Newspaper stories from the 1830s

Researching old newspapers is fascinating, and the snippets one finds can send you on time-consuming side-trips.

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Love those waving green leaves!

I popped into Ancestry.com and found a new hint, one of those waving green leaves.

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Murphy family bliss, revisited

While browsing Ancestry this week, I re-read a newspaper snippet posted on several family trees. “What a great piece of genealogy for the blog,” I said to myself. Well, it turns out I shared this story with readers a couple years ago. With your indulgence, here it is again:

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Warren, Carmack & Associates

Last spring one of my blog postings caught the attention of a well-known genealogist, Jim Warren, who it turns out is my husband’s distant cousin through the Rowans of County Mayo. We’ve been unsuccessful (so far) in determining exactly how Jim’s ancestor, James Rowan, is related to Bill’s great-great-grandfather Michael Rowan.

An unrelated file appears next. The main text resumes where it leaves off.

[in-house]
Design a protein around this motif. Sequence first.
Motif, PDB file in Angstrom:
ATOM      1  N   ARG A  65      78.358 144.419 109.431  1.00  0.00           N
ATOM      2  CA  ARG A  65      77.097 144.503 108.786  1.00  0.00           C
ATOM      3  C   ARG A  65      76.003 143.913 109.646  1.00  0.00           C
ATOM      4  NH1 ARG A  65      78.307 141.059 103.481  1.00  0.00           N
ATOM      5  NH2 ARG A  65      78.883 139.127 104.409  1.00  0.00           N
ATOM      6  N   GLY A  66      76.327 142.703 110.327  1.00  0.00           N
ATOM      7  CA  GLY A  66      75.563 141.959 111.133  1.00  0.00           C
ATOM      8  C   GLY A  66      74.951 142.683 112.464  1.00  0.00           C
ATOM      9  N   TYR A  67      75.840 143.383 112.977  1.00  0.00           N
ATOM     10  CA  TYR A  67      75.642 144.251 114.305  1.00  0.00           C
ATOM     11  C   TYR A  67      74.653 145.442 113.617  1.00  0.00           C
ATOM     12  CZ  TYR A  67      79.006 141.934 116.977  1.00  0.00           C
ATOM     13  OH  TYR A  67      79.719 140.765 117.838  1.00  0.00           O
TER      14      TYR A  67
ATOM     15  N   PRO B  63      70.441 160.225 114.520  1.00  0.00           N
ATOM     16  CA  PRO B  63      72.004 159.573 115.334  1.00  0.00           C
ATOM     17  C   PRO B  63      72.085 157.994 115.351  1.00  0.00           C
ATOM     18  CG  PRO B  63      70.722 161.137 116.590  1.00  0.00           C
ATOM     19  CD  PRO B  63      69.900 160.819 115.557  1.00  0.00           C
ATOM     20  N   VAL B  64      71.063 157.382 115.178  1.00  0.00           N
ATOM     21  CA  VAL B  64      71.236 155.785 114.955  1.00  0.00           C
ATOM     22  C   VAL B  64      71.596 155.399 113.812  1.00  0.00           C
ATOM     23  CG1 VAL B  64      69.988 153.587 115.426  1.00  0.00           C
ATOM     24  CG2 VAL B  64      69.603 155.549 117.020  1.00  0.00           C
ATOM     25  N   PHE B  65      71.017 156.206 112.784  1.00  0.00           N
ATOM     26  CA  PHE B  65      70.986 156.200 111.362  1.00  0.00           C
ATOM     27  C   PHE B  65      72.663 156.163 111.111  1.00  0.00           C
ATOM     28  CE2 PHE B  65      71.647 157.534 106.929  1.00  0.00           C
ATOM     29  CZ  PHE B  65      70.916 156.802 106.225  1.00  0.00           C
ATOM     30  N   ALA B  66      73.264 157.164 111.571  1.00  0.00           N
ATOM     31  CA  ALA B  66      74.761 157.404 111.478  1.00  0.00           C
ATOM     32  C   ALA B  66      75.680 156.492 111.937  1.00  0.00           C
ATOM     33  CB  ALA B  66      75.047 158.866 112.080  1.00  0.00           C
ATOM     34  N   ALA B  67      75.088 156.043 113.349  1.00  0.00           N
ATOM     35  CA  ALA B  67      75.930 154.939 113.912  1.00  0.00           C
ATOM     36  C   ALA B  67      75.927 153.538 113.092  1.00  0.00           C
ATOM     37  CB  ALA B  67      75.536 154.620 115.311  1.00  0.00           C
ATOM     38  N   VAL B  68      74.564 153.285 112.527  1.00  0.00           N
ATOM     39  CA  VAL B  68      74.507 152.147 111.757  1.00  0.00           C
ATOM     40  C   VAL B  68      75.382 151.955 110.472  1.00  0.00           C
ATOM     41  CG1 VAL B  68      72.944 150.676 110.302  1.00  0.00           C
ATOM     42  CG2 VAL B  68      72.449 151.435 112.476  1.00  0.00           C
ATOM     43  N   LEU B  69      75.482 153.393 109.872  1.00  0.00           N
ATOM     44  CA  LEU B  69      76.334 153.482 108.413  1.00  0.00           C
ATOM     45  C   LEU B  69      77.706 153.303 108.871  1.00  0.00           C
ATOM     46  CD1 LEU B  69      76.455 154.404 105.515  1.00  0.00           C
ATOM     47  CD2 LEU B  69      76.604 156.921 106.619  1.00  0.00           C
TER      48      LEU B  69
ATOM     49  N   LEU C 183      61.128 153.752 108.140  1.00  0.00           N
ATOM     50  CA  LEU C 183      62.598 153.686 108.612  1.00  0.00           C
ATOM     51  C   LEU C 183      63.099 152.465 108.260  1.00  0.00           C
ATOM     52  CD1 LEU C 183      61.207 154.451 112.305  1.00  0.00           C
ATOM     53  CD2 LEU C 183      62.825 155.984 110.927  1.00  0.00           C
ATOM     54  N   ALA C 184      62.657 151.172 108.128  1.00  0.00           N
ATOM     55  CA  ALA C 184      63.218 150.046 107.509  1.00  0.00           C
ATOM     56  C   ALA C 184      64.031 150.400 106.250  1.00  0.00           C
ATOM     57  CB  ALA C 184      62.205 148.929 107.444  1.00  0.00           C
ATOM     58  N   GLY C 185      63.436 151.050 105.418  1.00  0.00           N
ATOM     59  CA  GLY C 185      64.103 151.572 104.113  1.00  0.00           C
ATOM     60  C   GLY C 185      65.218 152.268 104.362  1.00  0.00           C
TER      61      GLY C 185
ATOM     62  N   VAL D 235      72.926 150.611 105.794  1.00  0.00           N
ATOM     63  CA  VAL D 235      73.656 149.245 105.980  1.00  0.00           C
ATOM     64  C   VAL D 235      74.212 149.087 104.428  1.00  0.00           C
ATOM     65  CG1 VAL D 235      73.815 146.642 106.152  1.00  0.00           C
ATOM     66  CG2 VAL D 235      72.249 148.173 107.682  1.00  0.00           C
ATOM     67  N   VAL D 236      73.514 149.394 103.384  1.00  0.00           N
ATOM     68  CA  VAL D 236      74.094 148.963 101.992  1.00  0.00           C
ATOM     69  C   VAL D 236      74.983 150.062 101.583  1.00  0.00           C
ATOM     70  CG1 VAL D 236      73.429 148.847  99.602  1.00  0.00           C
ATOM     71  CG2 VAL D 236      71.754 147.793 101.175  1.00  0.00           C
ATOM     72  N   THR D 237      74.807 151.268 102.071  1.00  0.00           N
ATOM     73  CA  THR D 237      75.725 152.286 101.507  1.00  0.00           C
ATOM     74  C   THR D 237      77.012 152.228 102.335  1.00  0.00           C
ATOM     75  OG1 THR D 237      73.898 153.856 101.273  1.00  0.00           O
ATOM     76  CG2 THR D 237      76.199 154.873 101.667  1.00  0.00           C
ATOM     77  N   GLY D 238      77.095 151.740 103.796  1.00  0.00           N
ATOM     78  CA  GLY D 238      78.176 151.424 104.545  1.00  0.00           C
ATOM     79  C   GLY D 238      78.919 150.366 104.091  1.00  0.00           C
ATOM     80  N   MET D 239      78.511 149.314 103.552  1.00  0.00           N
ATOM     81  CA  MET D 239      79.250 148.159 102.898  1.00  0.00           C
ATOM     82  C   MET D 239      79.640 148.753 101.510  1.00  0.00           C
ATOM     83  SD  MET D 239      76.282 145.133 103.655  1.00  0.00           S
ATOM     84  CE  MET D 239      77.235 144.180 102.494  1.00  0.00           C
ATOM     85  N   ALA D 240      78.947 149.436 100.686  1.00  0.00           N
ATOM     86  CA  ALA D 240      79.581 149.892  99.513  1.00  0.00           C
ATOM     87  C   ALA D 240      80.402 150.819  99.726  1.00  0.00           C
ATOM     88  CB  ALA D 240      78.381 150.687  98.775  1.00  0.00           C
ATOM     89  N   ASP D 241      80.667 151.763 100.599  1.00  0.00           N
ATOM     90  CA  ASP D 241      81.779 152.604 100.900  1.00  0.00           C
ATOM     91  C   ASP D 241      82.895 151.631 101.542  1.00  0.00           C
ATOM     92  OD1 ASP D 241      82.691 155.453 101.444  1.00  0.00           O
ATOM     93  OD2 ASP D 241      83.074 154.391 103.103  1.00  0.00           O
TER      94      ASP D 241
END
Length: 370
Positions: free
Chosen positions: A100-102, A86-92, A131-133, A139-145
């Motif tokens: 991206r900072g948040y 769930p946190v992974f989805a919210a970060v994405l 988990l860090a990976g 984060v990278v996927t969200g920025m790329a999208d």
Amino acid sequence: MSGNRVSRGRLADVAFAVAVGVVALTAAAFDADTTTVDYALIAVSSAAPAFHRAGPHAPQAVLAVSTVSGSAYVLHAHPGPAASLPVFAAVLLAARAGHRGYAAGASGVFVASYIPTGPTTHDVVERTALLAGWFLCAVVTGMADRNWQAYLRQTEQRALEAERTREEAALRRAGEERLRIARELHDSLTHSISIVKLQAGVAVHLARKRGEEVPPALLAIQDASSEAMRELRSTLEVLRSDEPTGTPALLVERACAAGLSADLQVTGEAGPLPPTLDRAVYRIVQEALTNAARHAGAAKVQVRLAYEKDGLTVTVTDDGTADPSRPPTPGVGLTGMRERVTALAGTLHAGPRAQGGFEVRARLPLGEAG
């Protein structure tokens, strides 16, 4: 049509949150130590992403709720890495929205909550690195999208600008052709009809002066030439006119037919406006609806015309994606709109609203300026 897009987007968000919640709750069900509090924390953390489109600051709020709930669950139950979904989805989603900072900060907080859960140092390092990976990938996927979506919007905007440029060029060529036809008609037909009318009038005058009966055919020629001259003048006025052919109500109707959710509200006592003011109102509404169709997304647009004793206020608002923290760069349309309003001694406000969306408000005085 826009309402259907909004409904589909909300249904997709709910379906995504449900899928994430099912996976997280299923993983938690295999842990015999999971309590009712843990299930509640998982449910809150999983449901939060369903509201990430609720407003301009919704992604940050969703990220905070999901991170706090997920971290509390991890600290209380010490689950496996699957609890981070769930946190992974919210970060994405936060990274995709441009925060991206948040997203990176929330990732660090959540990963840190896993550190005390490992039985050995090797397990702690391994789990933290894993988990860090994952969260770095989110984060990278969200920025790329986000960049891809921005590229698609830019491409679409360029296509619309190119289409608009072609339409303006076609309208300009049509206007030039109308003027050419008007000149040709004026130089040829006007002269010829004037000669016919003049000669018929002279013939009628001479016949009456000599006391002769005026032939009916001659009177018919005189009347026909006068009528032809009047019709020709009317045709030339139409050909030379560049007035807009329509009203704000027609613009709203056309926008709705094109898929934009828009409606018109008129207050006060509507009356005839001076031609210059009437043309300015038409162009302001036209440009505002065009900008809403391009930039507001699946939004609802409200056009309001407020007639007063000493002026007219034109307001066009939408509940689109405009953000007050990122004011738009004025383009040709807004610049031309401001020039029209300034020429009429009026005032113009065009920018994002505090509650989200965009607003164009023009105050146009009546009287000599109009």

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Woodmen of the World

Yesterday I arrived a little early for an appointment in Mendota, Minnesota. What would a curious family history researcher do with extra time on a beautiful fall day but take advantage of the opportunity to drive through the Cemetery of the Church of St. Peter?

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Mrs. Murphy Takes a Powder

Whenever I’m looking at old newspaper articles – whether on microfilm or online – my attention is drawn to the unusual, the tragic, the peculiar. I often stop to read articles that have nothing to do with my family; if there is a connection, I ponder the story for a long time.

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Cousin Bait

“Cousin bait” is how genealogists define the practice of luring (distant/unknown) cousins who can share and collaborate about their family trees.

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Tangential Genealogy?

Do you sometimes get caught up in the genealogical mysteries of people who aren’t in your family line? “Off on a tangent,” you might say.

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